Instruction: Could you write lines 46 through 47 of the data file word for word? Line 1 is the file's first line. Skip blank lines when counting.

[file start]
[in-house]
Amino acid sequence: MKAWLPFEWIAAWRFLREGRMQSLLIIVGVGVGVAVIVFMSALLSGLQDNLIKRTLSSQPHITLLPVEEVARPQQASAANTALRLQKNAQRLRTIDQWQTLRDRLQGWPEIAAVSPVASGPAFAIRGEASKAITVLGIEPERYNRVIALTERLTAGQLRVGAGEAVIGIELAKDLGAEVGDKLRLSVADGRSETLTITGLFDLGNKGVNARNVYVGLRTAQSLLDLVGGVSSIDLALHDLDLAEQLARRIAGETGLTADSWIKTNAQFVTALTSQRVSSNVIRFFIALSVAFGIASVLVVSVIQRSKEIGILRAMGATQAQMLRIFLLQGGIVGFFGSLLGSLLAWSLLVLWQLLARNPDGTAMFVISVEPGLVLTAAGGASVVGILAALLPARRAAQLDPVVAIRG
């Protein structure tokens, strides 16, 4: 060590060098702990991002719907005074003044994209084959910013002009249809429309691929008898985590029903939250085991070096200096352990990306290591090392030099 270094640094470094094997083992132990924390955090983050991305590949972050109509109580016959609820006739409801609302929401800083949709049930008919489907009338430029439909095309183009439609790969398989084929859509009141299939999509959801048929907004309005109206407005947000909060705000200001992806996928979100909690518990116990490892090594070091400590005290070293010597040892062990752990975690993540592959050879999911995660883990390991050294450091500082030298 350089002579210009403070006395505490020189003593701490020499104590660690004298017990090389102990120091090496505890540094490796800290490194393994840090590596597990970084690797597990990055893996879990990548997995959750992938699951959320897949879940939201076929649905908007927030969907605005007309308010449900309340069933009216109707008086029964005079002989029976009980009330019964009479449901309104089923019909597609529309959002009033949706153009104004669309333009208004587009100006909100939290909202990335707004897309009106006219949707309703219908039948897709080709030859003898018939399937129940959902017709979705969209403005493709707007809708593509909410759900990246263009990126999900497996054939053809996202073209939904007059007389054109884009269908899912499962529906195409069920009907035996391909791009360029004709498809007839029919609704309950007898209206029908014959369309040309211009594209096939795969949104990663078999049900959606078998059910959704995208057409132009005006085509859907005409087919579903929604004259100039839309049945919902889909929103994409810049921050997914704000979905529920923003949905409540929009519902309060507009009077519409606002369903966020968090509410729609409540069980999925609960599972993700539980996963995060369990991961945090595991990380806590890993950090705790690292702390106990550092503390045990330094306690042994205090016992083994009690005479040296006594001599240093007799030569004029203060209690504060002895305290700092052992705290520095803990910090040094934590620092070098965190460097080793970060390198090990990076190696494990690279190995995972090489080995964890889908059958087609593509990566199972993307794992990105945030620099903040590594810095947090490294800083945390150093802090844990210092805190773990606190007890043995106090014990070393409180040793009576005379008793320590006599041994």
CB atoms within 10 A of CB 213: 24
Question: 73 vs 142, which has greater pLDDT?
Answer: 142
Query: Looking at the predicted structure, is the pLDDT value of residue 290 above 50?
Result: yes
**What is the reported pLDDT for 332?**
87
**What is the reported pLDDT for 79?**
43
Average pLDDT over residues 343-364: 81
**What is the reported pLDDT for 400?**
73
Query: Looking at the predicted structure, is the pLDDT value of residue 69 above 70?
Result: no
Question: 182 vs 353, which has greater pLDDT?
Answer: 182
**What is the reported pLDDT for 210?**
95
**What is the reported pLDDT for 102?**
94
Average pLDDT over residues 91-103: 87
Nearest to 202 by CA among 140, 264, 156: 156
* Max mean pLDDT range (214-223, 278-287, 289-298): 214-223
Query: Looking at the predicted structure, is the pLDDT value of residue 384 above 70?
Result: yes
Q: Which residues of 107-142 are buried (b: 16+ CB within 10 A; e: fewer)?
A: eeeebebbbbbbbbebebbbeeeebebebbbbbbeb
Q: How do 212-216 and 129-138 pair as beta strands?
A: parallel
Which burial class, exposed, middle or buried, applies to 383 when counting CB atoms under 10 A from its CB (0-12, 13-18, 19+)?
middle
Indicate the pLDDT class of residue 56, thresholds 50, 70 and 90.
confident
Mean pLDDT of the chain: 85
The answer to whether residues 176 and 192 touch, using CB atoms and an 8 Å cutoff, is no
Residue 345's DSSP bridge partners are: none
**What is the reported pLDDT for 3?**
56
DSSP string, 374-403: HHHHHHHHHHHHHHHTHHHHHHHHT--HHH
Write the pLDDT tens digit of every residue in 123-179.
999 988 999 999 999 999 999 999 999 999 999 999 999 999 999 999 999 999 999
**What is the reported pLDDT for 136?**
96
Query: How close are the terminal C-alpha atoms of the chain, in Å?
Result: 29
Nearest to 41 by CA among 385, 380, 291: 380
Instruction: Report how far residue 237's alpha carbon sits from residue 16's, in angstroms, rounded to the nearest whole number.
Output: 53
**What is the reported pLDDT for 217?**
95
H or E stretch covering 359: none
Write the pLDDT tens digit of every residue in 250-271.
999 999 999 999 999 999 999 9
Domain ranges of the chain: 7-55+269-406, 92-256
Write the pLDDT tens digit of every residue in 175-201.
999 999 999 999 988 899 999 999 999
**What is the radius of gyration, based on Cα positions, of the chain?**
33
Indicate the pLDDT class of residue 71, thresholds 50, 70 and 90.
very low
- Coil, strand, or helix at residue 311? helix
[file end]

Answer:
96
Query: How close are the terminal C-alpha atoms of the chain, in Å?